Fishing deal: EU ministers criticised
- 24 October 2012
- From the section Europe
EU ministers have reached a provisional deal to reshape the Common Fisheries Policy, long blamed for overfishing.
The deal has been hailed by the UK environment ministry Defra but criticised by the EU fisheries commissioner and environmentalists.
A Commission source told BBC News the new funding arrangements would continue to promote overfishing.
He said measures to support selective nets that avoided discards would be outweighed by funds for bigger engines.
The deal took away with one hand but gave with the other, the source said.
Under current arrangements EU funding has increased the capacity of fleets and led to widespread over-exploitation of fish stocks.
The new plan is to help fleets switch to more sustainable fishing. It is part of the 10-year reform of the Common Fisheries Policy (CFP).
The reform aims to eradicate "discards" - the practice of dumping tonnes of perfectly good fish back into the sea - dead - in order to meet quota targets.
But EU Fisheries Commissioner Maria Damanaki says the ministers' deal is weaker than the Commission wanted.
Greenpeace environmentalists say ministers have sold out to the economic interests of the industrial fishing sector by also agreeing to continue subsidies for the modernisation of vessels and their engines, which will increase capacity rather than reducing it.
Greenpeace believe the majority of the funds will still be taken by large fishing companies to increase capacity through new boats and engines.
The group's EU fisheries policy director Saskia Richartz said "there is already not enough fish for all the boats out there, so it makes no sense at all for governments to continue throwing subsidies at the EU's oversized fleet.
"Wasting taxpayers' money on what causes the problem in the first place is ridiculous - it is like paying someone to rob you."
UK government upbeat
The size of the European Maritime Fisheries Fund (EMFF) is yet to be decided in EU budget talks for the next financial period, 2014-2020.
The UK Fisheries Minister Richard Benyon said: "I am delighted that the Council has agreed to allocate the vast majority of the new EU funding stream towards implementing CFP reform.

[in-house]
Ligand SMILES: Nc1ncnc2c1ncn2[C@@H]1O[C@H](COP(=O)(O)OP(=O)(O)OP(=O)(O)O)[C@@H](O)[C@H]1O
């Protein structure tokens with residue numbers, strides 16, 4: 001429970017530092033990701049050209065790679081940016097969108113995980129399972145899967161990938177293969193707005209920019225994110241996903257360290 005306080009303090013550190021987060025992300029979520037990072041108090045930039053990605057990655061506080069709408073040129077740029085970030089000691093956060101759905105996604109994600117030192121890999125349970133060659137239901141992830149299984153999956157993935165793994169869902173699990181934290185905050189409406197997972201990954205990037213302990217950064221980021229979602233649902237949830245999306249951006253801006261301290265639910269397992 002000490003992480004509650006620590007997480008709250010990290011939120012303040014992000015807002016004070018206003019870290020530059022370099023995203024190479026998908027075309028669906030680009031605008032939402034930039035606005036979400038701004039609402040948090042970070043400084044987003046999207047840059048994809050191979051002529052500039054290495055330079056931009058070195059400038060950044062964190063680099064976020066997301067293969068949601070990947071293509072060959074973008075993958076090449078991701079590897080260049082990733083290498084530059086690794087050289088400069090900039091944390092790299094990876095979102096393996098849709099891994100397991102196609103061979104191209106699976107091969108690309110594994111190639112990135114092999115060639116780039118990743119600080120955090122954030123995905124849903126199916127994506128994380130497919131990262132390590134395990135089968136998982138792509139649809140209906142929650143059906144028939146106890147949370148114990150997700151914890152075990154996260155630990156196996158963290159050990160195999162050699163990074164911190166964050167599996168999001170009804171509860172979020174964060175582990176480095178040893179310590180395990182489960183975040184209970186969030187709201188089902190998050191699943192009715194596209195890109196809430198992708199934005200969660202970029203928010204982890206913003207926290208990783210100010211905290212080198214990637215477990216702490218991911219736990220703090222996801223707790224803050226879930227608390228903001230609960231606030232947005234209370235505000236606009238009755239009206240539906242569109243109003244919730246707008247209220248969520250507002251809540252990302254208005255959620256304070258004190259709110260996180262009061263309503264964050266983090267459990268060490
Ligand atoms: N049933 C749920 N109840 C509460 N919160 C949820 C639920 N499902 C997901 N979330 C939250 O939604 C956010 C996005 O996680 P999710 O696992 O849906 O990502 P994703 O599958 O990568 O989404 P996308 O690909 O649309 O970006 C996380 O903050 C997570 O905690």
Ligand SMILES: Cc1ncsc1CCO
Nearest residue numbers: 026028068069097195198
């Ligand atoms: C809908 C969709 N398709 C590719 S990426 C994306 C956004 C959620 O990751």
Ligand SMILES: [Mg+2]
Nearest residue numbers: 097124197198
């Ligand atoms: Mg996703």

"The priority for me has always been to make the changes - that will be so vital for a reformed Common Fisheries [Policy] - a reality, and this outcome signifies a major step towards that vision. We are moving ever closer to the UK goal of being able to create healthy fish stocks, a prosperous fishing industry and a healthy marine environment."
The original Commission proposal will be reviewed next by the European Parliament and may be further amended before becoming law.
The Commission source told the BBC that it would be left largely to the discretion of member states to apportion the money as they saw fit.
The UK would probably use the cash to make fishing more sustainable, but France would be likely to give most cash to large-scale fishing firms to increase the power of their fleets, the source said.
Roberto Ferrigno from the green group WWF said EU governments "are keeping to business-as-usual by using taxpayers' money to subsidise a spate of destructive, unrealistic and unjustified fishing and aquaculture activities.
"EMFF funds should instead support measures aimed at improving data collection and scientific knowledge of fish stocks, promoting the dissemination and adoption of selective fishing gears; and ultimately improving the state of fish stocks, the well-being of coastal communities and the fishing industry."
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